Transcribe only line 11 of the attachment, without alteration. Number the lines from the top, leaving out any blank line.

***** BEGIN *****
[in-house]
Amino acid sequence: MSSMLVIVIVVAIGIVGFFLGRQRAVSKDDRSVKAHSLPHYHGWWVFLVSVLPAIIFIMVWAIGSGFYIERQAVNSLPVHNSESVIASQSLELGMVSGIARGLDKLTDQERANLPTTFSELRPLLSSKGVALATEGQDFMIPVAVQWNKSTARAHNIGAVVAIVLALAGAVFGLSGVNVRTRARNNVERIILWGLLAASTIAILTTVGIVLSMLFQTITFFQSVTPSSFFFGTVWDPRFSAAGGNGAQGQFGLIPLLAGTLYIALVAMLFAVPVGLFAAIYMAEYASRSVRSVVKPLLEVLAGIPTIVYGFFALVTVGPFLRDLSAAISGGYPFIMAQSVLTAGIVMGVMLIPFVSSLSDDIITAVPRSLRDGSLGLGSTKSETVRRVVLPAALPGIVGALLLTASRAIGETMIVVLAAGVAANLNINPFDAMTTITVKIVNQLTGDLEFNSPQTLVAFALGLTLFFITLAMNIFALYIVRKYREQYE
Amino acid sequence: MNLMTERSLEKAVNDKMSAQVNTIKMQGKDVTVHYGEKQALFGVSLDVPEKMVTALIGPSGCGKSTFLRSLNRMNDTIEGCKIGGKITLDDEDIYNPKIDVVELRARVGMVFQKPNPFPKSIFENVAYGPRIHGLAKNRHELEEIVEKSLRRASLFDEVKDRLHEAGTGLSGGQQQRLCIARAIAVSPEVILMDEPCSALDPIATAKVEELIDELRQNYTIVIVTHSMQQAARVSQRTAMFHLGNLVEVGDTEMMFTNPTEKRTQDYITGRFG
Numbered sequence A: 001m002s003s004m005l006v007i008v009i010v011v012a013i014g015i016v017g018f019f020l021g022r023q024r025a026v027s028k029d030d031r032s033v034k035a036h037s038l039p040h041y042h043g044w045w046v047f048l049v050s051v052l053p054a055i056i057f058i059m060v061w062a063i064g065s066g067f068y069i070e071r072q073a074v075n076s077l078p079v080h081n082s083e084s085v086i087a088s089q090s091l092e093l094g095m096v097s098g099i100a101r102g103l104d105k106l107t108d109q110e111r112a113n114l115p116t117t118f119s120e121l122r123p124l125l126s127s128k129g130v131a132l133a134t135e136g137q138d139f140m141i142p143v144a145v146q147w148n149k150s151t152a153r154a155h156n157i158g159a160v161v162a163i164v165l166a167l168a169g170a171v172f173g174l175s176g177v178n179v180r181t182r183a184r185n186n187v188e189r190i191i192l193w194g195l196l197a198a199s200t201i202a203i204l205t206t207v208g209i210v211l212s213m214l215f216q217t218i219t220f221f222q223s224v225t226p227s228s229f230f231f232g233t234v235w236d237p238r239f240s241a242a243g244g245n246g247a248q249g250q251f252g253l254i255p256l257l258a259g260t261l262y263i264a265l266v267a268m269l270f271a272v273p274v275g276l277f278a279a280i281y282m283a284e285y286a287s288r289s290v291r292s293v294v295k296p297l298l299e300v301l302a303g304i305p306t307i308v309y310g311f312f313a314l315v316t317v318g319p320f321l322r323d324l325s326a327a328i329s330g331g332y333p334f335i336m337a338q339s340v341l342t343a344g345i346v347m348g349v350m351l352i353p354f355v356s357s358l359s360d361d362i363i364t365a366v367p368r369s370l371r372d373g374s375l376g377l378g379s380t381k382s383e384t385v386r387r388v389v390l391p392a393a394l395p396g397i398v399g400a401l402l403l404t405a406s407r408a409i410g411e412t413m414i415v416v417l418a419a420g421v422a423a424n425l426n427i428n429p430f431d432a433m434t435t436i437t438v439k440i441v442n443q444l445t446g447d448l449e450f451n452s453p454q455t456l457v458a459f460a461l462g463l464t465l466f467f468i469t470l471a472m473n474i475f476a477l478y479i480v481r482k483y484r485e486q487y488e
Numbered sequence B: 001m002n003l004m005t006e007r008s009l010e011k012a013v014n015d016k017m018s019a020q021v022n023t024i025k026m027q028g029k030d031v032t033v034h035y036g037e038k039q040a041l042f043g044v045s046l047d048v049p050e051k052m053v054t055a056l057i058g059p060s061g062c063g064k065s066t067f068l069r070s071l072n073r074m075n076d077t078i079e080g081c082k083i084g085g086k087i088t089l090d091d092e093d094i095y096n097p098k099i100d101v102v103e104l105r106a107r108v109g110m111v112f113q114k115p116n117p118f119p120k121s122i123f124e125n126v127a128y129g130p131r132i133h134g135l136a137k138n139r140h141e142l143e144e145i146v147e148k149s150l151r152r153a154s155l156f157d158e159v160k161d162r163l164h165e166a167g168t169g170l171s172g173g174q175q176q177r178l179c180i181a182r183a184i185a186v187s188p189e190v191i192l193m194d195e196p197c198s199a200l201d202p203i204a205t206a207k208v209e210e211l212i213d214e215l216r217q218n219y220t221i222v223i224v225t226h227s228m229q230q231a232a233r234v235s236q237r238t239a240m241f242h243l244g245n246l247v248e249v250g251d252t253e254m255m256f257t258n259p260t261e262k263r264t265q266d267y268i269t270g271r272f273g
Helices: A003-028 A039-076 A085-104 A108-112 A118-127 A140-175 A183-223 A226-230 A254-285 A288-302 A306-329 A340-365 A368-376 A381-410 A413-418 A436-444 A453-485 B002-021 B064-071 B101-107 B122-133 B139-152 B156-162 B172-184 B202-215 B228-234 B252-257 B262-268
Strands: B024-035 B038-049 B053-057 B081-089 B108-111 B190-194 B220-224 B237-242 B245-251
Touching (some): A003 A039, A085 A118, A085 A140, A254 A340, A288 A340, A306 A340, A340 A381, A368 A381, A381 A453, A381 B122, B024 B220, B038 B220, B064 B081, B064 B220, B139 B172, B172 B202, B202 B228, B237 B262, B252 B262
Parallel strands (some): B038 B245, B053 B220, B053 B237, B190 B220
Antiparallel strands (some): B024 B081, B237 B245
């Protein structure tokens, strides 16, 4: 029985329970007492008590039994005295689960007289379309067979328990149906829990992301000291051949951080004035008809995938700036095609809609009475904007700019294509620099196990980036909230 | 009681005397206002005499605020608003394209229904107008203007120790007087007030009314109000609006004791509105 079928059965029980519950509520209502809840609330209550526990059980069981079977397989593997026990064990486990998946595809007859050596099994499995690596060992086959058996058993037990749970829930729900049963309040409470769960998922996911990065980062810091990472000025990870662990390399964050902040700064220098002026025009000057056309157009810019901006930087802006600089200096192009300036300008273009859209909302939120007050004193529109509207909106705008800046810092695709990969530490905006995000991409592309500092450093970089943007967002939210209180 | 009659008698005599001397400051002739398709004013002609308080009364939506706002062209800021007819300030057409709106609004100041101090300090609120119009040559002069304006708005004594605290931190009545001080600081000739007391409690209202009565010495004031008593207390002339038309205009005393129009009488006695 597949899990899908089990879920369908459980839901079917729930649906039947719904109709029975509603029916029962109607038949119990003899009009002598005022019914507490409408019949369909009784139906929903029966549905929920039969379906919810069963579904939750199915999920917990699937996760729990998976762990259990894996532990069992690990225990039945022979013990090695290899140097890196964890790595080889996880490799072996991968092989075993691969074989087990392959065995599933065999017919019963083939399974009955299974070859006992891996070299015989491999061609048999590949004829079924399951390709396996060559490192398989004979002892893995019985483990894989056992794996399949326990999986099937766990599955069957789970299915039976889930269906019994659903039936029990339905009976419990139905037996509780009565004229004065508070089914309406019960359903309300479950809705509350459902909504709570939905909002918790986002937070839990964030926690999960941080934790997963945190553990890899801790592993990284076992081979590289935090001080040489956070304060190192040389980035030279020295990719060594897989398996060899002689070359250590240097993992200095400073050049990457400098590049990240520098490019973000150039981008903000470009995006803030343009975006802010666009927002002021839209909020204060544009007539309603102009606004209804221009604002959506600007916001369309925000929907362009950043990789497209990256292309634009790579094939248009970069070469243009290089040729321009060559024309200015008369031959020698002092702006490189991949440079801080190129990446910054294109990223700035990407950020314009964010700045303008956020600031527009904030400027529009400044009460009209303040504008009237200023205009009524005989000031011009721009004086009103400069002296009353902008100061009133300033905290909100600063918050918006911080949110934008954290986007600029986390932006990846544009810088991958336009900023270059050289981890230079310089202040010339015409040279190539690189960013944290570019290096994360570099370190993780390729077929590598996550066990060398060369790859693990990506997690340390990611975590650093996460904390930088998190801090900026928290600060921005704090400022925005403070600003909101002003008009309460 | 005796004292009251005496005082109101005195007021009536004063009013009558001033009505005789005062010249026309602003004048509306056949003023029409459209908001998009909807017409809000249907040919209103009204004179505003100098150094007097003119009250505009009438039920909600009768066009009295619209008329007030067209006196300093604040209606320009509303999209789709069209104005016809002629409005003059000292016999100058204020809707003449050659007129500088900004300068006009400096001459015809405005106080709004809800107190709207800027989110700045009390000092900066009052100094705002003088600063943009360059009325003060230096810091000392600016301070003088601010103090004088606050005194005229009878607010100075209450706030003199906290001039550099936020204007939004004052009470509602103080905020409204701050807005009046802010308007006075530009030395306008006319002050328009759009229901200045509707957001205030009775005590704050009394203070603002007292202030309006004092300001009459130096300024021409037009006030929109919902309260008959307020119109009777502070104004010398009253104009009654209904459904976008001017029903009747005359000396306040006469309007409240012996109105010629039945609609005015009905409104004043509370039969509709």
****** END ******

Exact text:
């Protein structure tokens, strides 16, 4: 029985329970007492008590039994005295689960007289379309067979328990149906829990992301000291051949951080004035008809995938700036095609809609009475904007700019294509620099196990980036909230 | 009681005397206002005499605020608003394209229904107008203007120790007087007030009314109000609006004791509105 079928059965029980519950509520209502809840609330209550526990059980069981079977397989593997026990064990486990998946595809007859050596099994499995690596060992086959058996058993037990749970829930729900049963309040409470769960998922996911990065980062810091990472000025990870662990390399964050902040700064220098002026025009000057056309157009810019901006930087802006600089200096192009300036300008273009859209909302939120007050004193529109509207909106705008800046810092695709990969530490905006995000991409592309500092450093970089943007967002939210209180 | 009659008698005599001397400051002739398709004013002609308080009364939506706002062209800021007819300030057409709106609004100041101090300090609120119009040559002069304006708005004594605290931190009545001080600081000739007391409690209202009565010495004031008593207390002339038309205009005393129009009488006695 597949899990899908089990879920369908459980839901079917729930649906039947719904109709029975509603029916029962109607038949119990003899009009002598005022019914507490409408019949369909009784139906929903029966549905929920039969379906919810069963579904939750199915999920917990699937996760729990998976762990259990894996532990069992690990225990039945022979013990090695290899140097890196964890790595080889996880490799072996991968092989075993691969074989087990392959065995599933065999017919019963083939399974009955299974070859006992891996070299015989491999061609048999590949004829079924399951390709396996060559490192398989004979002892893995019985483990894989056992794996399949326990999986099937766990599955069957789970299915039976889930269906019994659903039936029990339905009976419990139905037996509780009565004229004065508070089914309406019960359903309300479950809705509350459902909504709570939905909002918790986002937070839990964030926690999960941080934790997963945190553990890899801790592993990284076992081979590289935090001080040489956070304060190192040389980035030279020295990719060594897989398996060899002689070359250590240097993992200095400073050049990457400098590049990240520098490019973000150039981008903000470009995006803030343009975006802010666009927002002021839209909020204060544009007539309603102009606004209804221009604002959506600007916001369309925000929907362009950043990789497209990256292309634009790579094939248009970069070469243009290089040729321009060559024309200015008369031959020698002092702006490189991949440079801080190129990446910054294109990223700035990407950020314009964010700045303008956020600031527009904030400027529009400044009460009209303040504008009237200023205009009524005989000031011009721009004086009103400069002296009353902008100061009133300033905290909100600063918050918006911080949110934008954290986007600029986390932006990846544009810088991958336009900023270059050289981890230079310089202040010339015409040279190539690189960013944290570019290096994360570099370190993780390729077929590598996550066990060398060369790859693990990506997690340390990611975590650093996460904390930088998190801090900026928290600060921005704090400022925005403070600003909101002003008009309460 | 005796004292009251005496005082109101005195007021009536004063009013009558001033009505005789005062010249026309602003004048509306056949003023029409459209908001998009909807017409809000249907040919209103009204004179505003100098150094007097003119009250505009009438039920909600009768066009009295619209008329007030067209006196300093604040209606320009509303999209789709069209104005016809002629409005003059000292016999100058204020809707003449050659007129500088900004300068006009400096001459015809405005106080709004809800107190709207800027989110700045009390000092900066009052100094705002003088600063943009360059009325003060230096810091000392600016301070003088601010103090004088606050005194005229009878607010100075209450706030003199906290001039550099936020204007939004004052009470509602103080905020409204701050807005009046802010308007006075530009030395306008006319002050328009759009229901200045509707957001205030009775005590704050009394203070603002007292202030309006004092300001009459130096300024021409037009006030929109919902309260008959307020119109009777502070104004010398009253104009009654209904459904976008001017029903009747005359000396306040006469309007409240012996109105010629039945609609005015009905409104004043509370039969509709």